Judge Christopher Kulik decided not to give himself in sweet surrender to Henry Winkler.
She had to marry him. She was too embarrassed to date him.
"The One and Only is the rare kind of romantic comedy that can tug on your heart, but also make you stand up and cheer!"—Back of DVD case
Facts of the Case
Ohio, 1950s: cocky college student Andy Schmidt (Henry Winkler, Happy Days) desperately wants to be an actor. Not just any actor, either: a great actor, one for whom millions will come from miles around to catch a glimpse of his genius. In reality, Andy lives in a fantasy world, always coming off as an obnoxious jaybird, whether it's on the stage or on the football field. All his wacky initiative accomplishes is getting married to Mary Crawford (Kim Darby, True Grit), a pretty girl from an uptight conservative family.
After graduation, Andy and Mary move to New York, despite the misgivings of her mother (Polly Holliday, Gremlins) and father (William Daniels, The Graduate). Andy's attempts at snagging an acting job are futile, and now the young couple is struggling financially…especially when Mary announces she's pregnant! Andy's life changes when he meets a dwarf named Milton (Herve Villechaize, Fantasy Island), who gets him a job working for Sydney Seltzer (director Gene Saks, Cactus Flower)…as a professional wrestler!
I wanted to like this movie, I really did. The cast was interesting, the premise was inspired, and there was the potential for both silliness and satire. On top of all that, the film was written by Steve Gordon (Arthur) and directed by Carl Reiner (All Of Me), two of the biggest names in comedy.
However, The One and Only turns out to be a total smackdown. What went wrong? I hate to say it, but one of the film's biggest problems is its lead character. I admire Winkler for his enthusiasm, but he makes Andy Schmidt not only obnoxious and annoying, but also borderline hateful at times. Every time he yells at Mary and treats her disrespectfully, it made me want to be on him like stink on a Will Ferrell movie. Andy's extremely brash attitude is supposed to be funny and endearing, but when he only gives a damn about himself (and nobody else), it's kind of difficult for us to give a damn.
Winkler does have his moments, but they are few and far between. For the first half, he sings (badly), insults others (badly), and acts as if he's a cat in a roomful of rocking chairs, barely stopping to catch a breath. He doesn't calm down until Villechaize shows up and, by that time, the story might have lost your interest. I don't blame Winkler entirely, as he was obviously miscast; if this were made today, perhaps Adam Sandler would have benefited more from this material. I also imagined Mike Myers and Verne Troyer (in Milton's role) tackling this, but the improvement would have no doubt been nonexistent.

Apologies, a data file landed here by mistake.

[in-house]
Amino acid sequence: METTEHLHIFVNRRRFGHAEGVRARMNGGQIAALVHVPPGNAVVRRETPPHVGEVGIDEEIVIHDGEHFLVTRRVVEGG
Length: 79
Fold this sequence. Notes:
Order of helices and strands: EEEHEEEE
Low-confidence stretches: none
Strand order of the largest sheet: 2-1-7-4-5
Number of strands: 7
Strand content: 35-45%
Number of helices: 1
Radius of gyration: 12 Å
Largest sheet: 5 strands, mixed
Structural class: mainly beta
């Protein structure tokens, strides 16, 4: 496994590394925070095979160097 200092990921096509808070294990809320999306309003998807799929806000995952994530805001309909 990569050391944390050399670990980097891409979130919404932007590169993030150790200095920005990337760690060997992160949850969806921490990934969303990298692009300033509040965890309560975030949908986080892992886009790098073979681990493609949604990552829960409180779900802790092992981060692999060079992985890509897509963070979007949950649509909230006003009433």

The late Steve Gordon had a simple goal: create an unlikable character and make him likeable by the end. It worked for Arthur, mostly because it had "cuddly" Dudley Moore, as well as a lead character who embraced his needs so that they outweighed his negatives. Gordon fails with The One and Only because by the time he wants us to care about his characters, we hate Andy, embarrassed at his decisions and attitude. If Gordon had avoided romanticism and maintained a comic tone, it might have been better; still, even the wrestling scenes are written stupidly, resulting in many lost opportunities.
Much of the supporting cast act as if they are in a hypnotic trance. This is especially true of Darby, who just smiles and reacts with shock to Winkler's insane behavior. She's cute, but she has no layers or dimensions to make us understand her decision to stay with this loser. Daniels and Holliday are both extremely talented actors who end up being wasted here, though Saks has some fun with his role as the wrestling manager. As for Villechaize, they managed to use his diminutive size as a foil for cheap laughs; plus, you might cringe when he feels up Holliday's legs.
Film buffs will want to look out for Ed Begley, Jr., and Mary Woronov, who both have small roles. Wrestling fans will also get a kick watching a 24-year-old "Rowdy" Roddy Piper (in his film debut) as Leatherneck Joe Brady.
Legend Films gives us another empty DVD release. Video is a scratchy 1.78:1 Anamorphic transfer, retaining all the flawed visual glory of an out-of-print VHS tape. Audio is much better in Dolby Digital 2.0 Stereo, with dialogue easily heard. Once again, no extras.
There isn't much more to say about The One And Only except you could do much worse. Recommended for Winkler completists only; others, beware.
The film is found guilty, with Andy Schmidt being sent to the mental ward for his offensive existence.
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